Geek nation: how Indian science is taking over the world

Geek nation: how Indian science is taking over the world

Angela Saini

London, UK: Hodder & Stoughton 2011 | 280pp | ?12.80 (SB)

ISBN 9781444710151

Reviewed by Akshat Rathi


Angela Saini’s Geek nation, although a gripping narrative based on facts, unfortunately has a deceiving title and presents a skeptic’s take on modern Indian science. 

Saini’s journey takes the reader through Delhi’s Institute of Genomics and Integrative Biology, the hi-tech billion dollar city of Lavasa, the Silicon Valley of India in Bengaluru to the Tuberculosis Research Centre in Chennai. Showcasing probably a selection of the very best Indian science, the book also delves into the pseudoscientific beliefs and superstitions that are widespread in the country.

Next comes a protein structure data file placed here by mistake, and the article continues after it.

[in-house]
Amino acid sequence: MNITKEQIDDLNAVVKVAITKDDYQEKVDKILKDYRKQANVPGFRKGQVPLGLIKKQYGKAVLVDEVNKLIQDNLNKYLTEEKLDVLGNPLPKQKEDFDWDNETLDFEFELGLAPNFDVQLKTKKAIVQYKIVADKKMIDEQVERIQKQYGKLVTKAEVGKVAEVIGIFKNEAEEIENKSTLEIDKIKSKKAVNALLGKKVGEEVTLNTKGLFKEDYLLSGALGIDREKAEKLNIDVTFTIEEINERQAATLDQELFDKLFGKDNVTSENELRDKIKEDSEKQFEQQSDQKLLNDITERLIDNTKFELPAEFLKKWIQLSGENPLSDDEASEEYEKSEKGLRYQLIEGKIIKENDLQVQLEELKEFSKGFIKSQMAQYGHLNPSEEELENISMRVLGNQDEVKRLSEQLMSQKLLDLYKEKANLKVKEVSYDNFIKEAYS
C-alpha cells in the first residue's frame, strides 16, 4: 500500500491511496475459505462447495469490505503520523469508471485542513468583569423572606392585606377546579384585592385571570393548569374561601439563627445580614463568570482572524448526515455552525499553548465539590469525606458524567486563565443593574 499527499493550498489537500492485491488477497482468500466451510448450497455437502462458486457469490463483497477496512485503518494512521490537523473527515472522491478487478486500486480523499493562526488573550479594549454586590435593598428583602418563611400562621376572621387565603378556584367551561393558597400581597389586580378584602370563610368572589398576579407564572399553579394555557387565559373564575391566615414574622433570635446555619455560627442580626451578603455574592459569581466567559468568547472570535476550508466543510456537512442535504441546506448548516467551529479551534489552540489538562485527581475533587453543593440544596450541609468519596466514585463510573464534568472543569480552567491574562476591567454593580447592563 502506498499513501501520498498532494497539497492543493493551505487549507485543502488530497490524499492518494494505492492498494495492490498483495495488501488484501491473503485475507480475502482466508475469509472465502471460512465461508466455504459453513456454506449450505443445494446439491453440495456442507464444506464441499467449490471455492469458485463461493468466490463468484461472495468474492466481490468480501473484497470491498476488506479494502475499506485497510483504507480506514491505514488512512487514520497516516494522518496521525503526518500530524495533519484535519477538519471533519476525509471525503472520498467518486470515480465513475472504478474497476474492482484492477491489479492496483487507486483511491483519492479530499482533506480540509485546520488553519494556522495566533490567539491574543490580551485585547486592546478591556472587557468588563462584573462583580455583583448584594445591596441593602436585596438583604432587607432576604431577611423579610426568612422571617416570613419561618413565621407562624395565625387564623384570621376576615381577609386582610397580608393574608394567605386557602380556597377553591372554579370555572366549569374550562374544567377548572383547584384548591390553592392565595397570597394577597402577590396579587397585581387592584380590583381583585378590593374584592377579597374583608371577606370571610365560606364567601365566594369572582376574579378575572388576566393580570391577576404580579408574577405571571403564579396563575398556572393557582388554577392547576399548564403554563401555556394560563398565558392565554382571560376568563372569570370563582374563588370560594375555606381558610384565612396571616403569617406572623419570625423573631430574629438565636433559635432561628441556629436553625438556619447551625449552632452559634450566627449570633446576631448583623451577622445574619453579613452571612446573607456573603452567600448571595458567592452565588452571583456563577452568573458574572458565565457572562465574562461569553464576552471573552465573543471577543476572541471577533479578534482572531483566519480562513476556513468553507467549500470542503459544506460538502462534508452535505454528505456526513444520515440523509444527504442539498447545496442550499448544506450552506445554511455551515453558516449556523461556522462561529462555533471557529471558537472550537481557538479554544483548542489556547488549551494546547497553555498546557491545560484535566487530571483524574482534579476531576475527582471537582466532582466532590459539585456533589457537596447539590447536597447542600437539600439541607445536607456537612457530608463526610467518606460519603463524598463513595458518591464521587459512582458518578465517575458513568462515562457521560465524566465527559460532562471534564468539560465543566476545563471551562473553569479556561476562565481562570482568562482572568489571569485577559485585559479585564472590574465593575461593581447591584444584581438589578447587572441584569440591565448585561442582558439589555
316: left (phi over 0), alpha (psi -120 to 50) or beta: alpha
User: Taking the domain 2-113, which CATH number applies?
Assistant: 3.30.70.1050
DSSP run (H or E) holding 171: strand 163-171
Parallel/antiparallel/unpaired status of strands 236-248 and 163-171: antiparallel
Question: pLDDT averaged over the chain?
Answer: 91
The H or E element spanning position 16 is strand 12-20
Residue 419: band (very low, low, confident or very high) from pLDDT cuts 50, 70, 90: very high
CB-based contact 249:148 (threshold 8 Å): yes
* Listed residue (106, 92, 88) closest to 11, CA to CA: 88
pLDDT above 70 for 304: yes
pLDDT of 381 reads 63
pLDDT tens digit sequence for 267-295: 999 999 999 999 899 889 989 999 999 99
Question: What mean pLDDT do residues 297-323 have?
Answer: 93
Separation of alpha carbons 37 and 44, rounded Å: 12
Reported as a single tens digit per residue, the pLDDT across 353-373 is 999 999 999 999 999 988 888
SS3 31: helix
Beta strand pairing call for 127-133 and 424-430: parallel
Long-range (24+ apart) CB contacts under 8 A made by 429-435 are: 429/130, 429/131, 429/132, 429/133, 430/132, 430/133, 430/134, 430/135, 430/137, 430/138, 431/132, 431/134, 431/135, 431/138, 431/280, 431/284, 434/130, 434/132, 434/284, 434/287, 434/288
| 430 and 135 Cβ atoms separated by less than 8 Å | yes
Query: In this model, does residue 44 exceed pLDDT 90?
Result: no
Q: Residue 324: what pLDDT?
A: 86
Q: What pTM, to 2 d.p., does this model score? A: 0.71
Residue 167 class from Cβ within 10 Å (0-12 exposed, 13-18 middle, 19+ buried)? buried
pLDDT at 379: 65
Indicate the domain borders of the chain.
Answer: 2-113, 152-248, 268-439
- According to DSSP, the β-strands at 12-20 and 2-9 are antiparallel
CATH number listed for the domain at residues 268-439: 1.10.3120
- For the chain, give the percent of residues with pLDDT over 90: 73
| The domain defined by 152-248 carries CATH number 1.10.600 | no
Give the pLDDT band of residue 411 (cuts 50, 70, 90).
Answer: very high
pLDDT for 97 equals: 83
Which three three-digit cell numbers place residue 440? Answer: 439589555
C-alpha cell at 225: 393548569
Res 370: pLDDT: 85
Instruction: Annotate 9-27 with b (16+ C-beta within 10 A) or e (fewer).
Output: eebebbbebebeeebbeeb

Where a booming economy is coupled with the ever growing number of science and engineering graduates, it is a mythical belief that India is on a trajectory to become the hotbed of innovation. Saini puts that perspective to rest by showing that what Indians are very good at are innovations to make things cheaper. But that is what Japan focused on in the 1970s when it founded its electronics industry. Leading from which, by the 1990s, it was the country that was the leading innovator in the sector. A story Saini hopes India might repeat for all its scientific endeavours.

I recommend Geek Nation  to all those who would like to understand what Indian science is all about.